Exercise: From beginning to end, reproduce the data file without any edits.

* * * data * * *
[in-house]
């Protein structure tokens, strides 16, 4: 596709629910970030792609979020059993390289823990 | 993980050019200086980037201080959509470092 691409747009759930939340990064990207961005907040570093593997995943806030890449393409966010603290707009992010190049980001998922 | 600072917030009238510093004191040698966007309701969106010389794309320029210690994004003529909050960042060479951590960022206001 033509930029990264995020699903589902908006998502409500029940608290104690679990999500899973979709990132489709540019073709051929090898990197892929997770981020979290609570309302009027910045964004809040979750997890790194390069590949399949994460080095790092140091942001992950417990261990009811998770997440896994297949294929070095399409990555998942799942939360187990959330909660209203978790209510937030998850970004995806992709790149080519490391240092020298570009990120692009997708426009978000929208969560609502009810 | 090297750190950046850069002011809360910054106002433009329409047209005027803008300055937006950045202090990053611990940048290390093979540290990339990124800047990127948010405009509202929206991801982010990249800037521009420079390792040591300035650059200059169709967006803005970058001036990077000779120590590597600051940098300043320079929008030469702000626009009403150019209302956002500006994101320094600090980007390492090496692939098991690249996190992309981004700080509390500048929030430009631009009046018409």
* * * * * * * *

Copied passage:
[in-house]
């Protein structure tokens, strides 16, 4: 596709629910970030792609979020059993390289823990 | 993980050019200086980037201080959509470092 691409747009759930939340990064990207961005907040570093593997995943806030890449393409966010603290707009992010190049980001998922 | 600072917030009238510093004191040698966007309701969106010389794309320029210690994004003529909050960042060479951590960022206001 033509930029990264995020699903589902908006998502409500029940608290104690679990999500899973979709990132489709540019073709051929090898990197892929997770981020979290609570309302009027910045964004809040979750997890790194390069590949399949994460080095790092140091942001992950417990261990009811998770997440896994297949294929070095399409990555998942799942939360187990959330909660209203978790209510937030998850970004995806992709790149080519490391240092020298570009990120692009997708426009978000929208969560609502009810 | 090297750190950046850069002011809360910054106002433009329409047209005027803008300055937006950045202090990053611990940048290390093979540290990339990124800047990127948010405009509202929206991801982010990249800037521009420079390792040591300035650059200059169709967006803005970058001036990077000779120590590597600051940098300043320079929008030469702000626009009403150019209302956002500006994101320094600090980007390492090496692939098991690249996190992309981004700080509390500048929030430009631009009046018409």